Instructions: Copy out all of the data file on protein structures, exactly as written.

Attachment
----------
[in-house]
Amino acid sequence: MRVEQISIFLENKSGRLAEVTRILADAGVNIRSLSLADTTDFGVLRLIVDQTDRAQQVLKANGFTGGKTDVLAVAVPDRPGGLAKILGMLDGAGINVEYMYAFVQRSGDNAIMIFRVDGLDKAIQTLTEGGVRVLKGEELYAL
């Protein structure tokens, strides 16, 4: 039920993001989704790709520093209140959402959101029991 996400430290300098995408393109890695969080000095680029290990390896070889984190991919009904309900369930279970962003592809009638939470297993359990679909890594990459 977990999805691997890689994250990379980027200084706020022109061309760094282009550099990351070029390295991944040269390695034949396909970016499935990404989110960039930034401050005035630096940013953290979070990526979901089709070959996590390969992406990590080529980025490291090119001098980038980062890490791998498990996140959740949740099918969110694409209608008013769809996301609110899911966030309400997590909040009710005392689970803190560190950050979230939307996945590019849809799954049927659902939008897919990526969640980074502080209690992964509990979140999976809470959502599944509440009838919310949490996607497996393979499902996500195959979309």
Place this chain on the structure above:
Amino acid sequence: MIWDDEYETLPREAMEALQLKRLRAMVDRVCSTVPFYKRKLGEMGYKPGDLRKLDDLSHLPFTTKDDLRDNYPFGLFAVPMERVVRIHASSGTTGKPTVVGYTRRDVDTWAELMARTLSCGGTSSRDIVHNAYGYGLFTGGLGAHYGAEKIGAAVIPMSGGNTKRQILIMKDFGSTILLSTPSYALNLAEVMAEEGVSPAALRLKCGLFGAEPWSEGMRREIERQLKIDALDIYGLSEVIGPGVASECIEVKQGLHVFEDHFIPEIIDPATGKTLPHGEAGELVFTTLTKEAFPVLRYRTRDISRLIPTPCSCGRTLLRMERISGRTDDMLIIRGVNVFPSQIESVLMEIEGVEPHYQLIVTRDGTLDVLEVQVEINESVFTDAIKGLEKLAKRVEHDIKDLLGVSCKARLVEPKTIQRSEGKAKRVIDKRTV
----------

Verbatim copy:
[in-house]
Amino acid sequence: MRVEQISIFLENKSGRLAEVTRILADAGVNIRSLSLADTTDFGVLRLIVDQTDRAQQVLKANGFTGGKTDVLAVAVPDRPGGLAKILGMLDGAGINVEYMYAFVQRSGDNAIMIFRVDGLDKAIQTLTEGGVRVLKGEELYAL
């Protein structure tokens, strides 16, 4: 039920993001989704790709520093209140959402959101029991 996400430290300098995408393109890695969080000095680029290990390896070889984190991919009904309900369930279970962003592809009638939470297993359990679909890594990459 977990999805691997890689994250990379980027200084706020022109061309760094282009550099990351070029390295991944040269390695034949396909970016499935990404989110960039930034401050005035630096940013953290979070990526979901089709070959996590390969992406990590080529980025490291090119001098980038980062890490791998498990996140959740949740099918969110694409209608008013769809996301609110899911966030309400997590909040009710005392689970803190560190950050979230939307996945590019849809799954049927659902939008897919990526969640980074502080209690992964509990979140999976809470959502599944509440009838919310949490996607497996393979499902996500195959979309």
Place this chain on the structure above:
Amino acid sequence: MIWDDEYETLPREAMEALQLKRLRAMVDRVCSTVPFYKRKLGEMGYKPGDLRKLDDLSHLPFTTKDDLRDNYPFGLFAVPMERVVRIHASSGTTGKPTVVGYTRRDVDTWAELMARTLSCGGTSSRDIVHNAYGYGLFTGGLGAHYGAEKIGAAVIPMSGGNTKRQILIMKDFGSTILLSTPSYALNLAEVMAEEGVSPAALRLKCGLFGAEPWSEGMRREIERQLKIDALDIYGLSEVIGPGVASECIEVKQGLHVFEDHFIPEIIDPATGKTLPHGEAGELVFTTLTKEAFPVLRYRTRDISRLIPTPCSCGRTLLRMERISGRTDDMLIIRGVNVFPSQIESVLMEIEGVEPHYQLIVTRDGTLDVLEVQVEINESVFTDAIKGLEKLAKRVEHDIKDLLGVSCKARLVEPKTIQRSEGKAKRVIDKRTV